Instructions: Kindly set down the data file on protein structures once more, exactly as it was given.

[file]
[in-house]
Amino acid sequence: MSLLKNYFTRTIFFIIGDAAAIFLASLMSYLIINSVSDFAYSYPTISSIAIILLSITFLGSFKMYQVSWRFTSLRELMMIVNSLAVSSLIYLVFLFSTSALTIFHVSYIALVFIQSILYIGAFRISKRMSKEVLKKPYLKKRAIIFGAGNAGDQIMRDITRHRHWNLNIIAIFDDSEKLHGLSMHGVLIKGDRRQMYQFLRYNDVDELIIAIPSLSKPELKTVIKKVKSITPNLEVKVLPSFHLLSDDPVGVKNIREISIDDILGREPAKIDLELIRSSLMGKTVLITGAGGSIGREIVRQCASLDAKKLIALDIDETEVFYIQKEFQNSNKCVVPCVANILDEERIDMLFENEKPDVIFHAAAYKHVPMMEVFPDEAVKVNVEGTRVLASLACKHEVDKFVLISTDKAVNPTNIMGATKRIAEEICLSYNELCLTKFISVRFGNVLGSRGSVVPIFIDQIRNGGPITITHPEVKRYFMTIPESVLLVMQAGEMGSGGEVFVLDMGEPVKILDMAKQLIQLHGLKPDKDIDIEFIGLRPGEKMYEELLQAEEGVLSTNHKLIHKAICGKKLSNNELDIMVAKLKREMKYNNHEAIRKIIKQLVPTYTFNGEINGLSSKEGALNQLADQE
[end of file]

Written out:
[in-house]
Amino acid sequence: MSLLKNYFTRTIFFIIGDAAAIFLASLMSYLIINSVSDFAYSYPTISSIAIILLSITFLGSFKMYQVSWRFTSLRELMMIVNSLAVSSLIYLVFLFSTSALTIFHVSYIALVFIQSILYIGAFRISKRMSKEVLKKPYLKKRAIIFGAGNAGDQIMRDITRHRHWNLNIIAIFDDSEKLHGLSMHGVLIKGDRRQMYQFLRYNDVDELIIAIPSLSKPELKTVIKKVKSITPNLEVKVLPSFHLLSDDPVGVKNIREISIDDILGREPAKIDLELIRSSLMGKTVLITGAGGSIGREIVRQCASLDAKKLIALDIDETEVFYIQKEFQNSNKCVVPCVANILDEERIDMLFENEKPDVIFHAAAYKHVPMMEVFPDEAVKVNVEGTRVLASLACKHEVDKFVLISTDKAVNPTNIMGATKRIAEEICLSYNELCLTKFISVRFGNVLGSRGSVVPIFIDQIRNGGPITITHPEVKRYFMTIPESVLLVMQAGEMGSGGEVFVLDMGEPVKILDMAKQLIQLHGLKPDKDIDIEFIGLRPGEKMYEELLQAEEGVLSTNHKLIHKAICGKKLSNNELDIMVAKLKREMKYNNHEAIRKIIKQLVPTYTFNGEINGLSSKEGALNQLADQE